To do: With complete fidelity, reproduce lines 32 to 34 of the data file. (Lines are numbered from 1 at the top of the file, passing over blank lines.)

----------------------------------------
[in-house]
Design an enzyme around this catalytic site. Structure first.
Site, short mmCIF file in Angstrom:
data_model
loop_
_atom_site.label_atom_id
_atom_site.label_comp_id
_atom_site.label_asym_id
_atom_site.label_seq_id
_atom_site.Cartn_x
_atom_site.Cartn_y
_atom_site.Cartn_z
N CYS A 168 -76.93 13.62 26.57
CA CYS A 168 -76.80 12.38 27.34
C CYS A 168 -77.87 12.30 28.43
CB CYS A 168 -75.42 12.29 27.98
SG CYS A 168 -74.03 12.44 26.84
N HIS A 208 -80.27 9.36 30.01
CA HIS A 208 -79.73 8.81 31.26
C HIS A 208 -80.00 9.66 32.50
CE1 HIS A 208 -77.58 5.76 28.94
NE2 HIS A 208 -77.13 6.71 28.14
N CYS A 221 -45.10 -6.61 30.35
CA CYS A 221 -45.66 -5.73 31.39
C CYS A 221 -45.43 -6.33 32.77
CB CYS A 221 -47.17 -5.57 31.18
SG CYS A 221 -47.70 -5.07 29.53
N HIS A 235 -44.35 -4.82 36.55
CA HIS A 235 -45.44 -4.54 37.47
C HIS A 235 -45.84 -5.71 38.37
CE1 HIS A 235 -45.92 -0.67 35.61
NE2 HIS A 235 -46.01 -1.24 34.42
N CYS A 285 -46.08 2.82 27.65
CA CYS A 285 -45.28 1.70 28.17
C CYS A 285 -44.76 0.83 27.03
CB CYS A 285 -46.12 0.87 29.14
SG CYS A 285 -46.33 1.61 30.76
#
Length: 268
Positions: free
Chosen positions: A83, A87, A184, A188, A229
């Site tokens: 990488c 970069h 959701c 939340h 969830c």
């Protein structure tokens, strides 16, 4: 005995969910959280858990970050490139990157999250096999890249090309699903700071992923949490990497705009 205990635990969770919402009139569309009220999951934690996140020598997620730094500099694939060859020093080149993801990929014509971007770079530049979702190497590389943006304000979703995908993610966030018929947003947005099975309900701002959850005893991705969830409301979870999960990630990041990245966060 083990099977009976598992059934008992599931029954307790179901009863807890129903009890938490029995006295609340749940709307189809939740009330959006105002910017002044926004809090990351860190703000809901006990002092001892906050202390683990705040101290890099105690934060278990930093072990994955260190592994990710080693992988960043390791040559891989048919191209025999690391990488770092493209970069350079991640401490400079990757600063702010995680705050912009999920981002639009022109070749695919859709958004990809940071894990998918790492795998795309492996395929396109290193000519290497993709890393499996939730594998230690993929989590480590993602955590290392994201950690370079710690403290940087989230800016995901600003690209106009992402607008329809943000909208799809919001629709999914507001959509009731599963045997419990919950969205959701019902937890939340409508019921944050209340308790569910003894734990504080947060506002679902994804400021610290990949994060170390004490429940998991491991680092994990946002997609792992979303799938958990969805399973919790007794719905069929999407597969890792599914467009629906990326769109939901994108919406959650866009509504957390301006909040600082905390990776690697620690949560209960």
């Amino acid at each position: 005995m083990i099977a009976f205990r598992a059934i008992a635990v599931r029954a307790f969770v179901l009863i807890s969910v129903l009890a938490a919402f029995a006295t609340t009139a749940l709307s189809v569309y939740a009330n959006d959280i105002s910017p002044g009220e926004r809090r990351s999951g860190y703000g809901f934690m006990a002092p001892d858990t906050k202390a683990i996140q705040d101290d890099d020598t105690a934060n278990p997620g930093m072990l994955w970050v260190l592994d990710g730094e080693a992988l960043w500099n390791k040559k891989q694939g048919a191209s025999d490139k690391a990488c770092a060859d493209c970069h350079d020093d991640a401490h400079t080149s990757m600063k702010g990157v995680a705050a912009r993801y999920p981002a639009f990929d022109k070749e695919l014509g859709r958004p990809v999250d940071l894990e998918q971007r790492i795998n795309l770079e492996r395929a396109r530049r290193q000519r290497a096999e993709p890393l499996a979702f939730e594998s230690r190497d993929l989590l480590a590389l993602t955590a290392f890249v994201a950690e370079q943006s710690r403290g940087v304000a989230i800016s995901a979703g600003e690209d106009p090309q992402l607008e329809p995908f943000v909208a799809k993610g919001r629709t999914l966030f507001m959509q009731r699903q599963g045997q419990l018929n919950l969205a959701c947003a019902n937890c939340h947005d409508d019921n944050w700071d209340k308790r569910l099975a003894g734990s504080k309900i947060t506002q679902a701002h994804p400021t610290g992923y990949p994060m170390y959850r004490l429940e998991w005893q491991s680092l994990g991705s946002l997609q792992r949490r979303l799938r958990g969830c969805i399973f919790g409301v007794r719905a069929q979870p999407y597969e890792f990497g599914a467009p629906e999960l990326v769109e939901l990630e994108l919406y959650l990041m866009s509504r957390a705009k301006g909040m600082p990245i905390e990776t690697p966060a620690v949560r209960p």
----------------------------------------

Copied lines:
NE2 HIS A 235 -46.01 -1.24 34.42
N CYS A 285 -46.08 2.82 27.65
CA CYS A 285 -45.28 1.70 28.17